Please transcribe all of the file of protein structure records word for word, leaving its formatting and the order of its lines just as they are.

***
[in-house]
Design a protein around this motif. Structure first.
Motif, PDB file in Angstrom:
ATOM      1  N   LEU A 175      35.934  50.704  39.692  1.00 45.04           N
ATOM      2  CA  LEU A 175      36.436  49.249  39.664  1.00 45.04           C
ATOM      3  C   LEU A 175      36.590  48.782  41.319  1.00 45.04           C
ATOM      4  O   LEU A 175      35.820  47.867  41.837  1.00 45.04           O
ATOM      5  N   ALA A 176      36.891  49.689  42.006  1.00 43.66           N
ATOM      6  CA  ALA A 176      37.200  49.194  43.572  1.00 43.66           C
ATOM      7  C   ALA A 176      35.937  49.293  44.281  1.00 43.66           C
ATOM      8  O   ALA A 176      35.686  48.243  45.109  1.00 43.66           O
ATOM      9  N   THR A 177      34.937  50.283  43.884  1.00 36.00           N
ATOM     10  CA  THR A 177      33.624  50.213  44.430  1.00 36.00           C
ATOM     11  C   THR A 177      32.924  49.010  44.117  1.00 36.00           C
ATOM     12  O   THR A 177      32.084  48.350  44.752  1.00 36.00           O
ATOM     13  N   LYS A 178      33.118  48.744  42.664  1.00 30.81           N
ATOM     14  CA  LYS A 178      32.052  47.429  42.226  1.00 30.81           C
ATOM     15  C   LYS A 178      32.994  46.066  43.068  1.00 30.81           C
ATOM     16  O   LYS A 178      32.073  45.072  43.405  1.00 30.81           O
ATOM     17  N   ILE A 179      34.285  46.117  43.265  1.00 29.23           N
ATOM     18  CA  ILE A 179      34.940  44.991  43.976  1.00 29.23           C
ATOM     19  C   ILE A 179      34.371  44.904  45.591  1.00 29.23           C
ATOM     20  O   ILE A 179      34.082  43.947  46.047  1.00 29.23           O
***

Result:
[in-house]
Design a protein around this motif. Structure first.
Motif, PDB file in Angstrom:
ATOM      1  N   LEU A 175      35.934  50.704  39.692  1.00 45.04           N
ATOM      2  CA  LEU A 175      36.436  49.249  39.664  1.00 45.04           C
ATOM      3  C   LEU A 175      36.590  48.782  41.319  1.00 45.04           C
ATOM      4  O   LEU A 175      35.820  47.867  41.837  1.00 45.04           O
ATOM      5  N   ALA A 176      36.891  49.689  42.006  1.00 43.66           N
ATOM      6  CA  ALA A 176      37.200  49.194  43.572  1.00 43.66           C
ATOM      7  C   ALA A 176      35.937  49.293  44.281  1.00 43.66           C
ATOM      8  O   ALA A 176      35.686  48.243  45.109  1.00 43.66           O
ATOM      9  N   THR A 177      34.937  50.283  43.884  1.00 36.00           N
ATOM     10  CA  THR A 177      33.624  50.213  44.430  1.00 36.00           C
ATOM     11  C   THR A 177      32.924  49.010  44.117  1.00 36.00           C
ATOM     12  O   THR A 177      32.084  48.350  44.752  1.00 36.00           O
ATOM     13  N   LYS A 178      33.118  48.744  42.664  1.00 30.81           N
ATOM     14  CA  LYS A 178      32.052  47.429  42.226  1.00 30.81           C
ATOM     15  C   LYS A 178      32.994  46.066  43.068  1.00 30.81           C
ATOM     16  O   LYS A 178      32.073  45.072  43.405  1.00 30.81           O
ATOM     17  N   ILE A 179      34.285  46.117  43.265  1.00 29.23           N
ATOM     18  CA  ILE A 179      34.940  44.991  43.976  1.00 29.23           C
ATOM     19  C   ILE A 179      34.371  44.904  45.591  1.00 29.23           C
ATOM     20  O   ILE A 179      34.082  43.947  46.047  1.00 29.23           O